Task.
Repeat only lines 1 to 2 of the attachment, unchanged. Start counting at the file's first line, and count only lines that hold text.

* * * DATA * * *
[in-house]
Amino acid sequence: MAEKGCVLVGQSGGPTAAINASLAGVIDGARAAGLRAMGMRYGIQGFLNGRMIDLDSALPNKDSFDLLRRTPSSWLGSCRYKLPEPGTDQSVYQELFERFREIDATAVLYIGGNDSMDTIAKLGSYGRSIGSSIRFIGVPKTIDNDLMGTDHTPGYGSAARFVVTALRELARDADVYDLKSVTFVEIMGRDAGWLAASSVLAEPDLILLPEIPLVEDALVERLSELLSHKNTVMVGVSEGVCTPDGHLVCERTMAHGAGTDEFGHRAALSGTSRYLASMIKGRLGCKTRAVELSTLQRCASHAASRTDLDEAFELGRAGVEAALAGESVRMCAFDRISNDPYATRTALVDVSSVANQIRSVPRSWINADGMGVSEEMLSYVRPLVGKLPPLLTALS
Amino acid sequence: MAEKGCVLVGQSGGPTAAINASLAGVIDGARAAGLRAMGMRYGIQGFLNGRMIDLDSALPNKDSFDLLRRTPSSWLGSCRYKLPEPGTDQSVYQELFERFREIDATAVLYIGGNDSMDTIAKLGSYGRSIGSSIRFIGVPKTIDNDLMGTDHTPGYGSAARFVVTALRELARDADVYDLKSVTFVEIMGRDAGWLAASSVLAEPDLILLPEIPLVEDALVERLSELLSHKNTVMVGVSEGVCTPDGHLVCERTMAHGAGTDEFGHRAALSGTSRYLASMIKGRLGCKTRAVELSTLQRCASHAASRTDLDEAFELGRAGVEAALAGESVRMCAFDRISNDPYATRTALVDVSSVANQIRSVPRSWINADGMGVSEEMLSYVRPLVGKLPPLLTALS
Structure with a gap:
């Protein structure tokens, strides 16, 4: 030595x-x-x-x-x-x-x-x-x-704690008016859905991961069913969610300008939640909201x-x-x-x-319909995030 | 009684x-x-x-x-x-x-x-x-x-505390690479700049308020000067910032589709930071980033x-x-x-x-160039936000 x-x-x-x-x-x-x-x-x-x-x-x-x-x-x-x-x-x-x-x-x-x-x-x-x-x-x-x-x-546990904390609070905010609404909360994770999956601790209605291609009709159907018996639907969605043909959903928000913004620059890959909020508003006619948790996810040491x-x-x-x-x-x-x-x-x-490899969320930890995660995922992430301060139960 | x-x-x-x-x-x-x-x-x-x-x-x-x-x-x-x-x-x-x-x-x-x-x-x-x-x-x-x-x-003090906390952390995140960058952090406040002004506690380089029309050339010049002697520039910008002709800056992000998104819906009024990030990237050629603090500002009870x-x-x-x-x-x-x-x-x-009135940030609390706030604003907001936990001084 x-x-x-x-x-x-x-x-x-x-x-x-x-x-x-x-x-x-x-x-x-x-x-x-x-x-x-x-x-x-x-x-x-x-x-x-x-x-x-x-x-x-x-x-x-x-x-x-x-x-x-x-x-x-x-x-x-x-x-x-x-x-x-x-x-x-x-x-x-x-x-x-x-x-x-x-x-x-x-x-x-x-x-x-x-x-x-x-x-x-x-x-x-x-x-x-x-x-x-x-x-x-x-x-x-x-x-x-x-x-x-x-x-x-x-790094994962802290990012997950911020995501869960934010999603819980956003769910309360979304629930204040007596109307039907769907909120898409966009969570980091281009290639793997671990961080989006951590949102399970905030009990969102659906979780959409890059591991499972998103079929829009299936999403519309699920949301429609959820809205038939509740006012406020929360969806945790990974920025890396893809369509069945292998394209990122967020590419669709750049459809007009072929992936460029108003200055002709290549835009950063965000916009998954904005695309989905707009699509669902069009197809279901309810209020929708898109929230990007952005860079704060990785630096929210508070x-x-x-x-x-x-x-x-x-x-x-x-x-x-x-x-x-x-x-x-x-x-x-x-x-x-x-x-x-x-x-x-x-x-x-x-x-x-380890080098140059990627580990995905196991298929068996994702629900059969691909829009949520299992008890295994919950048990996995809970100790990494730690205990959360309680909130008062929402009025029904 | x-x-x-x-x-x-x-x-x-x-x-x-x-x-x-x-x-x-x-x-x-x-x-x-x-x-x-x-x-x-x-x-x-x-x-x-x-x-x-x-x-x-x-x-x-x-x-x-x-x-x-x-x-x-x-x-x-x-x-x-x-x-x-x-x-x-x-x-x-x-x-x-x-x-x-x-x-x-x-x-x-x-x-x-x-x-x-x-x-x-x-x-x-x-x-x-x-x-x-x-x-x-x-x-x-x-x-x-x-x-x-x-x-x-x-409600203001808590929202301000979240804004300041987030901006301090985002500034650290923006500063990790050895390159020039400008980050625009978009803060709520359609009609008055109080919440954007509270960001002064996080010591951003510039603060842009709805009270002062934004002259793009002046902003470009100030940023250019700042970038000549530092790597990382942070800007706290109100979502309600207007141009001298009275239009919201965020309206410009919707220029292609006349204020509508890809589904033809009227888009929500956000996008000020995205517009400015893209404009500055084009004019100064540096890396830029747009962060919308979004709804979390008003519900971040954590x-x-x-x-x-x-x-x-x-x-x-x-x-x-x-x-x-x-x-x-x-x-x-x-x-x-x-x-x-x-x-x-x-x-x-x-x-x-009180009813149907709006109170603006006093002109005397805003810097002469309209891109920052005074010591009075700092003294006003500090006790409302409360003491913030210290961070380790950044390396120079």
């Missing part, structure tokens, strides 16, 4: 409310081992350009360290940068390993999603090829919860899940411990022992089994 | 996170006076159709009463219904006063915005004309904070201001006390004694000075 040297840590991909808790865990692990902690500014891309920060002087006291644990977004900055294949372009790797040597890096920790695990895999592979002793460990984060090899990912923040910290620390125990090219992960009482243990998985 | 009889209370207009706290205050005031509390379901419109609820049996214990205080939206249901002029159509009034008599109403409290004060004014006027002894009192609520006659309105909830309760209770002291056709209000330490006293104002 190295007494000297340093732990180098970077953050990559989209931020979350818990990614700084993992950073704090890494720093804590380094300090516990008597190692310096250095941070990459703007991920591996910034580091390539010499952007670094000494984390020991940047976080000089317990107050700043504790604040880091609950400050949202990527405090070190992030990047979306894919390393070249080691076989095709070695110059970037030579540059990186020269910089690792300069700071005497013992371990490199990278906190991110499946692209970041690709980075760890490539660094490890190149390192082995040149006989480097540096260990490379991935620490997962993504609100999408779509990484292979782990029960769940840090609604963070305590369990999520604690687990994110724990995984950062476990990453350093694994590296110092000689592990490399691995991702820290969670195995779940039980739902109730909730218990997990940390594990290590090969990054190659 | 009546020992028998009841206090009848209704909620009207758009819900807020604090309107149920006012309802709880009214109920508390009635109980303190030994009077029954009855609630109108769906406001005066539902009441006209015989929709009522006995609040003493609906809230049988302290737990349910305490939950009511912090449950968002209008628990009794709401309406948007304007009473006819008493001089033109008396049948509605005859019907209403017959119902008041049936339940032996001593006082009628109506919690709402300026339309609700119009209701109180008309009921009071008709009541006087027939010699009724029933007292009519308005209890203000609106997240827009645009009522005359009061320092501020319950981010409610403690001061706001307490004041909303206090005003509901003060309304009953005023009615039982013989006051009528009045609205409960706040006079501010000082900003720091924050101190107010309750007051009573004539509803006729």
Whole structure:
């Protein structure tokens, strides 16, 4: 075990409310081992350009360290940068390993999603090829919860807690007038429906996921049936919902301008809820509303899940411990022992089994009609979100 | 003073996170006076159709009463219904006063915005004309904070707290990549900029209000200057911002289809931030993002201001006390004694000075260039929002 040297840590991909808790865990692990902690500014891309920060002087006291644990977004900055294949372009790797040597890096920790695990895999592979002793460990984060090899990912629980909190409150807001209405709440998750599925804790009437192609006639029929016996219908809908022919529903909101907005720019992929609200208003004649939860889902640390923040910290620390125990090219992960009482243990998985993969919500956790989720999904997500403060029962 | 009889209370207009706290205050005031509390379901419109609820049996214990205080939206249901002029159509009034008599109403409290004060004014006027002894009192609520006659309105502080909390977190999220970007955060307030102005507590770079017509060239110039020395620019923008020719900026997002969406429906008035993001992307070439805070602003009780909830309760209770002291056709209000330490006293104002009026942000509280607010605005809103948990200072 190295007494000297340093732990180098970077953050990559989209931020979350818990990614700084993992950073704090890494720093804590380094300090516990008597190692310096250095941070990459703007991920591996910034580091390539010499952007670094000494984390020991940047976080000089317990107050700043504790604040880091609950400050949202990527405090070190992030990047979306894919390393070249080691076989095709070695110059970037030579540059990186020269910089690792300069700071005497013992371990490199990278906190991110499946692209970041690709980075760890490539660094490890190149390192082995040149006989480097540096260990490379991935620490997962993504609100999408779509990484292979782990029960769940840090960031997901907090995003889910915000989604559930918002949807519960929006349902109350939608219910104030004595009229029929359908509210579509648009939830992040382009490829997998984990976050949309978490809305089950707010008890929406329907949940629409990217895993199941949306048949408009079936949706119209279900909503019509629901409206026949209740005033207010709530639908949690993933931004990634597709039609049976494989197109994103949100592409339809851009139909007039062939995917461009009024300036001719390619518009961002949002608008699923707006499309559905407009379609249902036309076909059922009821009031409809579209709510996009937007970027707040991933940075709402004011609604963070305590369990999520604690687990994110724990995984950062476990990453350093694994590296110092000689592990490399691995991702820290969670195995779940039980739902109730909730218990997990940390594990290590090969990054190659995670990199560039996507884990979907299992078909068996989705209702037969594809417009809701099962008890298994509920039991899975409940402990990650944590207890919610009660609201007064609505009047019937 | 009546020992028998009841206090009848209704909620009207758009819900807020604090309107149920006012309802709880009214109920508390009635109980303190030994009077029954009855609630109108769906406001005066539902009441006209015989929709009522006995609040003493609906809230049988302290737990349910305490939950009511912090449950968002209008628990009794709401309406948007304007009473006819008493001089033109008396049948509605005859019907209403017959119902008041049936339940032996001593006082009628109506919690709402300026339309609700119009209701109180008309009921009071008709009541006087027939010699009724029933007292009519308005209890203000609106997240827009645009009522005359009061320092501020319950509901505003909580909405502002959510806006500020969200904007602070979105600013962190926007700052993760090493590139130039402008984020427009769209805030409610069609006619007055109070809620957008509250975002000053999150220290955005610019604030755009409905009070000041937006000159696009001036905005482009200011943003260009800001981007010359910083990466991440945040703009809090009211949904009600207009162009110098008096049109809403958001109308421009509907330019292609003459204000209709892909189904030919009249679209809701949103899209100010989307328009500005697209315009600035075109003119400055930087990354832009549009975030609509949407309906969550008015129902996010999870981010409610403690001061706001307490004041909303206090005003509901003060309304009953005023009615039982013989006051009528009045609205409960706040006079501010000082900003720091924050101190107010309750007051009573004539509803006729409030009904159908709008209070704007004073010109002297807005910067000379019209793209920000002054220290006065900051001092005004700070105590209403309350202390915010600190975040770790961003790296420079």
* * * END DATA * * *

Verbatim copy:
[in-house]
Amino acid sequence: MAEKGCVLVGQSGGPTAAINASLAGVIDGARAAGLRAMGMRYGIQGFLNGRMIDLDSALPNKDSFDLLRRTPSSWLGSCRYKLPEPGTDQSVYQELFERFREIDATAVLYIGGNDSMDTIAKLGSYGRSIGSSIRFIGVPKTIDNDLMGTDHTPGYGSAARFVVTALRELARDADVYDLKSVTFVEIMGRDAGWLAASSVLAEPDLILLPEIPLVEDALVERLSELLSHKNTVMVGVSEGVCTPDGHLVCERTMAHGAGTDEFGHRAALSGTSRYLASMIKGRLGCKTRAVELSTLQRCASHAASRTDLDEAFELGRAGVEAALAGESVRMCAFDRISNDPYATRTALVDVSSVANQIRSVPRSWINADGMGVSEEMLSYVRPLVGKLPPLLTALS